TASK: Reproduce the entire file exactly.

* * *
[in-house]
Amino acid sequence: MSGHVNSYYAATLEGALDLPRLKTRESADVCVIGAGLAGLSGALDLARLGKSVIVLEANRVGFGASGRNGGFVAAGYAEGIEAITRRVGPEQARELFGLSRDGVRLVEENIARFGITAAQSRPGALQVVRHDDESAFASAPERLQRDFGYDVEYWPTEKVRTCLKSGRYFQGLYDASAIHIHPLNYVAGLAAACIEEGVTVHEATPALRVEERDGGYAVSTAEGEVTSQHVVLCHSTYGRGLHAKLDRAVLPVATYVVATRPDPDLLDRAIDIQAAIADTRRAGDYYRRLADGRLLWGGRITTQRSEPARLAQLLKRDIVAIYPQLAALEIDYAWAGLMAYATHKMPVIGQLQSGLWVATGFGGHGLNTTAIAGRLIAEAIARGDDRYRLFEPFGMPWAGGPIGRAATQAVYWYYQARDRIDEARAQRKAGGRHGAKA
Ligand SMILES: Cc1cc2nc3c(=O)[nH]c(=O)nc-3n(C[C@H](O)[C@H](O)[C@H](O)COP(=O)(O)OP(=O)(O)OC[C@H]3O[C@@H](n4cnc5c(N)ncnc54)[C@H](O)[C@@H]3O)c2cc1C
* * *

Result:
[in-house]
Amino acid sequence: MSGHVNSYYAATLEGALDLPRLKTRESADVCVIGAGLAGLSGALDLARLGKSVIVLEANRVGFGASGRNGGFVAAGYAEGIEAITRRVGPEQARELFGLSRDGVRLVEENIARFGITAAQSRPGALQVVRHDDESAFASAPERLQRDFGYDVEYWPTEKVRTCLKSGRYFQGLYDASAIHIHPLNYVAGLAAACIEEGVTVHEATPALRVEERDGGYAVSTAEGEVTSQHVVLCHSTYGRGLHAKLDRAVLPVATYVVATRPDPDLLDRAIDIQAAIADTRRAGDYYRRLADGRLLWGGRITTQRSEPARLAQLLKRDIVAIYPQLAALEIDYAWAGLMAYATHKMPVIGQLQSGLWVATGFGGHGLNTTAIAGRLIAEAIARGDDRYRLFEPFGMPWAGGPIGRAATQAVYWYYQARDRIDEARAQRKAGGRHGAKA
Ligand SMILES: Cc1cc2nc3c(=O)[nH]c(=O)nc-3n(C[C@H](O)[C@H](O)[C@H](O)COP(=O)(O)OP(=O)(O)OC[C@H]3O[C@@H](n4cnc5c(N)ncnc54)[C@H](O)[C@@H]3O)c2cc1C